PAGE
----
DRL facebook

Chakrabarti, Arindam, and . Ownerless Emotions in Rasa-Aesthetics

2011, In Ken-ichi Sasaki (ed.). Asian Aesthetics. National Univeristy of Singapore Press.

Summary: Chakrabarti explores the possibilities of rasa theory via the question of whose emotion is experienced when an audience relishes a work of art. Chakrabarti argues for the existence of a “centerless non-singular subjectivity” according to which the special emotions savored in aesthetic experience do not have specific owners. These personless sentiments indicate an ethical relationship between aesthetic imagination and moral unselfishness.

Comment: This text could serve as both an overview of rasa theory in Indian aesthetics, as a basis for comparative work in cross-cultural aesthetics, as well as comparative philosophy.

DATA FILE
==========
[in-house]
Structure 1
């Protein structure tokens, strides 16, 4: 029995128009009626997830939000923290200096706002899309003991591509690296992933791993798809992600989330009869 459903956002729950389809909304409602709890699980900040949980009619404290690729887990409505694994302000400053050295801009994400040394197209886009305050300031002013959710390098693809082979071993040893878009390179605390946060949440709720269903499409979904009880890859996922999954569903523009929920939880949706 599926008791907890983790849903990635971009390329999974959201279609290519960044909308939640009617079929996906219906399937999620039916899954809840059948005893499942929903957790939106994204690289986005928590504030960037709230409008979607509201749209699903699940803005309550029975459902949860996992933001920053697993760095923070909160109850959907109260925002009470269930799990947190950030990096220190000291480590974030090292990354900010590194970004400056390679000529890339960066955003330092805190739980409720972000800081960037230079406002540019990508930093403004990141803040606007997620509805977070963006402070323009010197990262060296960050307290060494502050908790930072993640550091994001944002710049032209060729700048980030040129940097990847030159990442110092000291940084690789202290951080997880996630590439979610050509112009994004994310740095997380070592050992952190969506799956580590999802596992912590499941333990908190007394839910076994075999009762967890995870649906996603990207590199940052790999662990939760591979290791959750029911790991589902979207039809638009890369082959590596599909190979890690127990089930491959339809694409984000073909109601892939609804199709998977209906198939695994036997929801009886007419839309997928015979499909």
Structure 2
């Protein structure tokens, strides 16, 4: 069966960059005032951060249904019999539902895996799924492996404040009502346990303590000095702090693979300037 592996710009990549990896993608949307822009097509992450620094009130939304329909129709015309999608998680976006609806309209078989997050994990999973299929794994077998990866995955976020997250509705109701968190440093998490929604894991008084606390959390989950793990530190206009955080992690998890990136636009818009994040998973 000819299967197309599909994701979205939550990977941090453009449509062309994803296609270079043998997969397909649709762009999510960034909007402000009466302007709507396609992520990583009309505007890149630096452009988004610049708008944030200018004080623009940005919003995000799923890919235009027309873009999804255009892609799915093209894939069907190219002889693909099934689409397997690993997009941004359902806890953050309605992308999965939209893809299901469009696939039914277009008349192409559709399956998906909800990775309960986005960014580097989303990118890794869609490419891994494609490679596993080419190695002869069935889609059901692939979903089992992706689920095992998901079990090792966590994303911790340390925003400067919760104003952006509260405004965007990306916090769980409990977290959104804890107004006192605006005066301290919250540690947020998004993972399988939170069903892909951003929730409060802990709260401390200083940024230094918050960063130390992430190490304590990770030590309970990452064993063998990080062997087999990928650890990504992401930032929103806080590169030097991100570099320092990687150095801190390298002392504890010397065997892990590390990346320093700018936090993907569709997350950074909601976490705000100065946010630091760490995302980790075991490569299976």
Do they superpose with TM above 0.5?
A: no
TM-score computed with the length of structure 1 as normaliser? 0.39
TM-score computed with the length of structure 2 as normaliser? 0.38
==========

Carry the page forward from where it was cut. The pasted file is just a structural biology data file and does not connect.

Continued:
Related reading:

  • Abhinavabhāratī. Abhinavagupta. In Nāṭyaśāstra of Bharatamuni: Text, Commentary of Abhinava Bharati by Abhinavaguptacarya and English Translation. M.M. Ghosh (ed.). Delhi: New Bharatiya Book Corporation, 2006.

Coomaraswamy, Ananda K., and . Samvega, ‘Aesthetic Shock’

1943, Harvard Journal of Asiatic Studies 7(3): 174-179.

Summary: An explication of the Pali aesthetic term samvega as the state of shock and wonder at a work of art that occurs when the implications of its aesthetic qualities are experienced. Despite being an emotion, Coomaraswamy associates samvega with disinterested aesthetic contemplation.

Comment: This text would work well in a focused study of Indian aesthetics, as well in a cross-cultural study of disinterest in aesthetics.